John Carey, the John Wentworth Professor in the Social Sciences and the associate dean for the social sciences, recently co-authored, with Andrew Reynolds, a senior research scholar in the School of Public and International Affairs at Princeton University, an op-ed for The Washington Post reflecting on the United States’ efforts to bring democracy to Afghanistan. Carey, an expert on the establishment of democratic institutions, spoke with Dartmouth News more broadly about his work as an adviser to the U.S. Department of State, the International Foundation for Electoral Systems, the National Democratic Institute, and the International Republican Institute.
Where have you done this kind of fact-finding and analysis?
I’ve travelled to Jordan, Tunisia, Yemen, the Philippines, Bolivia, South Sudan, and Nepal. You do prep work ahead of time with the aid agency people that you’re going to be working with, and then you go to the country and meet with a lot of different political actors on the ground.
When did you go to Afghanistan?
That trip was organized in 2012 by the U.S. State Department. I met with some Afghan members of parliament, with human rights organizations, and with women’s rights organizations. I also met with foreign diplomatic staff on the ground in Afghanistan, both from the United States and from other countries, and with members of the United Nations Development Program, which had a permanent office in Kabul at the time. You gather feedback from as wide a range of people as you can, and you disseminate your ideas.
In Afghanistan, how did you convey your suggestions about fostering democracy?
It varied according to whom I was speaking. I prepared a PowerPoint presentation about electoral system design. Afghanistan had an electoral system in place for 10 years that I thought was fundamentally flawed. So my message was, “This is a bad idea, and there are simple reforms that you could undertake that I think would improve things pretty dramatically.” But when you’re meeting with an individual government minister, you’re not necessarily going to pull out a PowerPoint presentation. It’s more of an opportunity for one-on-one conversation.
As you wrote in the op-ed, Afghanistan is a deeply divided country, and the systems by which people vote or govern, in your view, needed to take multiple factions into account. What led you to that conclusion?
There is a large number of different ethnic groups, all of which have pretty substantial populations. There are religious divisions, Sunni and Shia. There are linguistic divisions with a lot of different languages spoken in the country, and a huge number of cross-cutting ethnic loyalties and identities. So you definitely want to have a system of government that minimizes winner-take-all stakes. That’s the first principle, because if there’s only a single winner, that means you’re going to have a lot of groups excluded. And really, job one is to try to get widespread buy-in to any type of political system you’re trying to set up. It’s also critical to put strong incentives into the rules of political competition for people to come together, to form broad coalitions, to counteract that natural fragmentation. But instead, what Afghans did—and there was a huge amount of American influence at that juncture—was to create an election law that really does the reverse. This particular system, single non-transferable vote, doesn’t reward coalition-forming. It actually punishes it in an idiosyncratic way.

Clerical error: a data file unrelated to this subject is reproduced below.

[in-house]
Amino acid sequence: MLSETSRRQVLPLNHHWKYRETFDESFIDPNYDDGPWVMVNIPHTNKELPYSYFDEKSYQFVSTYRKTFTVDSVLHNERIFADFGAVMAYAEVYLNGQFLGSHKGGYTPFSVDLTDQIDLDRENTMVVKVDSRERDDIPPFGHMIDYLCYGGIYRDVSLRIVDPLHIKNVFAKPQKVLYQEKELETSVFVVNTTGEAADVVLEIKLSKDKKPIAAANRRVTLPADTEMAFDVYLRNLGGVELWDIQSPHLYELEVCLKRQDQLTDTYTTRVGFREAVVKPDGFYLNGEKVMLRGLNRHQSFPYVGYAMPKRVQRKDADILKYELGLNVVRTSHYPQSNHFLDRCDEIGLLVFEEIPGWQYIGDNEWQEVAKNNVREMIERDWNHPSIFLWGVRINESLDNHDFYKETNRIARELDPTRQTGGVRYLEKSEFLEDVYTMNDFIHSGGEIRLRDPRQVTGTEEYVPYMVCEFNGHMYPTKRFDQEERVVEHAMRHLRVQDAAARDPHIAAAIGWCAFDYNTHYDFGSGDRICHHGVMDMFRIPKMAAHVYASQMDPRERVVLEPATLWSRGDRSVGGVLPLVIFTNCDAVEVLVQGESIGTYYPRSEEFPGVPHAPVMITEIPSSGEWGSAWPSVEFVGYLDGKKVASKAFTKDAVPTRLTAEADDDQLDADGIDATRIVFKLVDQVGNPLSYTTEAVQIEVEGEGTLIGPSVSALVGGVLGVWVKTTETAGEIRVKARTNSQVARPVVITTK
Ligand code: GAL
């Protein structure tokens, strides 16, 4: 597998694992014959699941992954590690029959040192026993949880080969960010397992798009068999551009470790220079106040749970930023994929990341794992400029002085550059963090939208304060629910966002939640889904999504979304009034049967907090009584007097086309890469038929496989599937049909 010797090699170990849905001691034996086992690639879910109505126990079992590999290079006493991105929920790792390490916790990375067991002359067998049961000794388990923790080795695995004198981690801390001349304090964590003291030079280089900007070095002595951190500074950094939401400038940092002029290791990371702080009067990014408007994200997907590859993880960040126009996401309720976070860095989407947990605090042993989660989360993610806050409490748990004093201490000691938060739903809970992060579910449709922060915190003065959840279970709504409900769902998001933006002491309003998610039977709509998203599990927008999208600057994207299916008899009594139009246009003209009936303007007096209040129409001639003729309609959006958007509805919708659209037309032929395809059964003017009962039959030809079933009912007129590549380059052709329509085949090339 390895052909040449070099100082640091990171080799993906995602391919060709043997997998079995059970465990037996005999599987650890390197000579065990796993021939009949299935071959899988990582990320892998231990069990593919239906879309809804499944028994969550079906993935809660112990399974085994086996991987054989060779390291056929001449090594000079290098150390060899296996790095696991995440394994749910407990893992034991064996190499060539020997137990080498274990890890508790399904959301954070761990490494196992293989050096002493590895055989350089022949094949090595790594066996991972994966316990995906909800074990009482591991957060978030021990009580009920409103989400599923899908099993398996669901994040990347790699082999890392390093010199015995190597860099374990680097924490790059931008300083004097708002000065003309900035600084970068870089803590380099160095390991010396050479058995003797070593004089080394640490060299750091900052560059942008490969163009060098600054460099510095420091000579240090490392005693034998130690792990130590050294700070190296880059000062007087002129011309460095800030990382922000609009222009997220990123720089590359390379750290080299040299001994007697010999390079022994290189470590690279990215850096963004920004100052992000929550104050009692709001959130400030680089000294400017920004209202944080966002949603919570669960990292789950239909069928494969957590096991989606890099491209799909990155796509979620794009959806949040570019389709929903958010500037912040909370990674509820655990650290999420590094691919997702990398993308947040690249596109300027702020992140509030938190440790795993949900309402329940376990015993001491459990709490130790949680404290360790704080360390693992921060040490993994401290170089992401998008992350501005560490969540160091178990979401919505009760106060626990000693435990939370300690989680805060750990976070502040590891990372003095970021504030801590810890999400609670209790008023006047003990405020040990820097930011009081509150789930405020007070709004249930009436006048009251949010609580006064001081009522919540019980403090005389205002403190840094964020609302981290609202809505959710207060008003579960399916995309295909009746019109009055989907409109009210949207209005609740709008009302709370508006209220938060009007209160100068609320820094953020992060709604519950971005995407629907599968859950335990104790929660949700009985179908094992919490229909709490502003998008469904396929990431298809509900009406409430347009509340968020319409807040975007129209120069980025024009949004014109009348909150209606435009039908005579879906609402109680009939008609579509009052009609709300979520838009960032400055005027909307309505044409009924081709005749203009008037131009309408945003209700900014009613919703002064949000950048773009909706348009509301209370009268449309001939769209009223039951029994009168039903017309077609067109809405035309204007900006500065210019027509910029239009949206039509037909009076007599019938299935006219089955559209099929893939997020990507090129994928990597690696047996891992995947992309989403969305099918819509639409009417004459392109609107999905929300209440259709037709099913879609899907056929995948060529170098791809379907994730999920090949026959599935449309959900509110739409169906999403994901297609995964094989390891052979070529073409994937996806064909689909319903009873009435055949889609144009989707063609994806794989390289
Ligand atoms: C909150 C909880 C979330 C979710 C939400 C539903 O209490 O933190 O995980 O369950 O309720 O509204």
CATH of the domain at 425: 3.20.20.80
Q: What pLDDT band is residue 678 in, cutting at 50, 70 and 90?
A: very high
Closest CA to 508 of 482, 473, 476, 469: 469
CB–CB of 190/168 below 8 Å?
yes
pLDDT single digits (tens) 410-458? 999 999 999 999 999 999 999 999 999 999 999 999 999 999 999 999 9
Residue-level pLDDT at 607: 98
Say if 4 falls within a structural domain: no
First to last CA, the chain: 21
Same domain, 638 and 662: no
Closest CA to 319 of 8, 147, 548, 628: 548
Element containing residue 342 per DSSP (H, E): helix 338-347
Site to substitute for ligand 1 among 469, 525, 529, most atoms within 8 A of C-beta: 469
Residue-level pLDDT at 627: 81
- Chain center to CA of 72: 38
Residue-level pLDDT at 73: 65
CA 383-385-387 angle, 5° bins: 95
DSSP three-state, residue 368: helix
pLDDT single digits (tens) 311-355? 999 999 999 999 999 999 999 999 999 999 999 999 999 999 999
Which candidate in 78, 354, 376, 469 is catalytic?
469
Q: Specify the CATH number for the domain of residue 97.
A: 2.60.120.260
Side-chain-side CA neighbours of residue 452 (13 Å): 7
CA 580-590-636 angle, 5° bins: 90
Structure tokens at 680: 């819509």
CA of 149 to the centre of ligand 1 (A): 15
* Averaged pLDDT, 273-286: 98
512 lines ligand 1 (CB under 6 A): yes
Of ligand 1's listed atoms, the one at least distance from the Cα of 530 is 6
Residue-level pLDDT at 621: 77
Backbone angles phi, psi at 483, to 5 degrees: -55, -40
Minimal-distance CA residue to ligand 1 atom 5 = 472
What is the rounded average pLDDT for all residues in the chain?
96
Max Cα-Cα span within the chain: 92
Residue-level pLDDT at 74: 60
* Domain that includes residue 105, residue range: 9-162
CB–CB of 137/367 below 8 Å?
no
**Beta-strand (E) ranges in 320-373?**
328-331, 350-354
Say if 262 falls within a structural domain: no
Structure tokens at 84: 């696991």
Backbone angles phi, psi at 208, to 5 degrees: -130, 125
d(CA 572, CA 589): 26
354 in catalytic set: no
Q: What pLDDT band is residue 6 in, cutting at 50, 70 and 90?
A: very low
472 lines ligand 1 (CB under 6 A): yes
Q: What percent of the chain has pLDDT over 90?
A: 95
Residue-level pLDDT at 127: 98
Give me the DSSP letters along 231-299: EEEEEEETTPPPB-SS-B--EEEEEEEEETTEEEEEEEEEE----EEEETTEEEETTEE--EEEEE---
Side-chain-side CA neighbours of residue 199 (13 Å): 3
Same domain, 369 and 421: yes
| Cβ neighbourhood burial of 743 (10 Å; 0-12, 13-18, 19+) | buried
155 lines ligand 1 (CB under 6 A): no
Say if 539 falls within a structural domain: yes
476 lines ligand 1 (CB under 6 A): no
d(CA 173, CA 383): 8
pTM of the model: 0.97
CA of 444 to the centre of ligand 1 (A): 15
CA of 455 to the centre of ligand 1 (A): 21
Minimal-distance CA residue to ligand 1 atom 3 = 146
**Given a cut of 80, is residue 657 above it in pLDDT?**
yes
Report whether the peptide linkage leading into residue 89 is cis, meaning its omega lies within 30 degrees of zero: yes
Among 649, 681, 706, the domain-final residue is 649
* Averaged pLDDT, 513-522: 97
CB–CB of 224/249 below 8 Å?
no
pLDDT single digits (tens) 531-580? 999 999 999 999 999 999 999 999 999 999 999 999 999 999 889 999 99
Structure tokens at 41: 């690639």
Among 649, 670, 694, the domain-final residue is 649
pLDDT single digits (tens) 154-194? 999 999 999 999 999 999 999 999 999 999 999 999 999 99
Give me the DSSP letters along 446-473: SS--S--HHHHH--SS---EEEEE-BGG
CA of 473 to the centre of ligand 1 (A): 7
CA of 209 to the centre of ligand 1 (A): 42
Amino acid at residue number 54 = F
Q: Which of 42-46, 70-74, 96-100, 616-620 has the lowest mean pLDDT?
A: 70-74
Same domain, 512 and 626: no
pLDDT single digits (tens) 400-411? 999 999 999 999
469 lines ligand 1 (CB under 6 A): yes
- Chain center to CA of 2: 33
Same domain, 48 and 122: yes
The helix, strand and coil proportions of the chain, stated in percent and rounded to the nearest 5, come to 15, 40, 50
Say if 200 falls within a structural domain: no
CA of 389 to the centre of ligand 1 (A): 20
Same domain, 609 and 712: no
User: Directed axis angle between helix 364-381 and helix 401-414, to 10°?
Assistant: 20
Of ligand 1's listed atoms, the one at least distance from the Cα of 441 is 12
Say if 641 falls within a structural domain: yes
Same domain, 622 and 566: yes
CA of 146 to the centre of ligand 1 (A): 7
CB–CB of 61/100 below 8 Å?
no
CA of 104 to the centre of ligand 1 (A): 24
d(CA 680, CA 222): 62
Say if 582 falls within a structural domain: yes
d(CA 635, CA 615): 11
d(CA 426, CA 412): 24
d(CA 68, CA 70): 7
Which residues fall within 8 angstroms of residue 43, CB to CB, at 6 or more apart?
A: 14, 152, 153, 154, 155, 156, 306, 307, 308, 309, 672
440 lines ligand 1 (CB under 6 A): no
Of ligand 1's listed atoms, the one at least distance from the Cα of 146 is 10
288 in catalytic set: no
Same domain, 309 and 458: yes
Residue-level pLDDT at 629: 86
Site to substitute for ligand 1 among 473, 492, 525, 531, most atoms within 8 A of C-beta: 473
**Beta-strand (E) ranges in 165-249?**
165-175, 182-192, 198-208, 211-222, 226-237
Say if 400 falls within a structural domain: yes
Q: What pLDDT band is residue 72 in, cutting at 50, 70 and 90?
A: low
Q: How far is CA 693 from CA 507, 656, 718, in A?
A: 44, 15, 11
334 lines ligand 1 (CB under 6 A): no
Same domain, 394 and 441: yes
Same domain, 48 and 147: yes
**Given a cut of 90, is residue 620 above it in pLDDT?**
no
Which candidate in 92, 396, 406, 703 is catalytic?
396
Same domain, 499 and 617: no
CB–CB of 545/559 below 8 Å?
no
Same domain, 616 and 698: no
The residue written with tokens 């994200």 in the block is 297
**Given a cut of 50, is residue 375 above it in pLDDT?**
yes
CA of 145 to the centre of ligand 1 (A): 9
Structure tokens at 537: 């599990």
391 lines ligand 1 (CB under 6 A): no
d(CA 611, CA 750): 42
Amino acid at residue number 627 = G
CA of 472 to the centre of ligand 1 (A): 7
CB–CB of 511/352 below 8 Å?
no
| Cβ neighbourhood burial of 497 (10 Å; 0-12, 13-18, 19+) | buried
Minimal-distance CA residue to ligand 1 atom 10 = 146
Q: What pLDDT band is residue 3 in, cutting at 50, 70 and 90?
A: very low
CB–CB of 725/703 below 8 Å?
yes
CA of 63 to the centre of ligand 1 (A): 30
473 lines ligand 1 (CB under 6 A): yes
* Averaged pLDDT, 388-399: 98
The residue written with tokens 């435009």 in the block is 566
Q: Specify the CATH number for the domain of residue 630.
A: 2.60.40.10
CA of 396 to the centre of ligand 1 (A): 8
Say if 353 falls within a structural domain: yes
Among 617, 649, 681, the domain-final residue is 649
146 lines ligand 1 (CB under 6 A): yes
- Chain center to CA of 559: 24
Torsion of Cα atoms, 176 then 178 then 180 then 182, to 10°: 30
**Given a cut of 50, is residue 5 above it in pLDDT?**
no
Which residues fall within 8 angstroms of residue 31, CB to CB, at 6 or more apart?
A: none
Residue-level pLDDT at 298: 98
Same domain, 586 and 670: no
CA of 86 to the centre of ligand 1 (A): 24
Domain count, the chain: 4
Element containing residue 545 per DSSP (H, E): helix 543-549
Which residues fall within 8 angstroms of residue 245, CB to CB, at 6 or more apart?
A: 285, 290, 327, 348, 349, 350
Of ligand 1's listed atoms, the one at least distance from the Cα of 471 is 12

How much does this field work for governments shape your own learning and teaching?
The trips that I’ve made and the contacts that I’ve established often do find their way back into my academic research. For example, right now I’m working on a document that eventually will make recommendations about electoral system design in Tunisia. The writer, a British scholar, had seen some of the analysis that I had done on earlier Tunisian elections, and he asked me if I could replicate that for the most recent election. He’s on the ground there. He got the data. He sent it to me. I did the analysis. We’ve been corresponding by email, and now we have a draft paper that we’re working on, which combines some of the work that I had invested in a while ago with his on-the-ground knowledge right now. And we’ll submit that to an academic journal, probably sometime this fall, when we get it finished. If I produce a report that I think is of interest or write a paper, I’ll bring that into my classes. These kinds of questions motivate students because they are concrete and have a real-world application.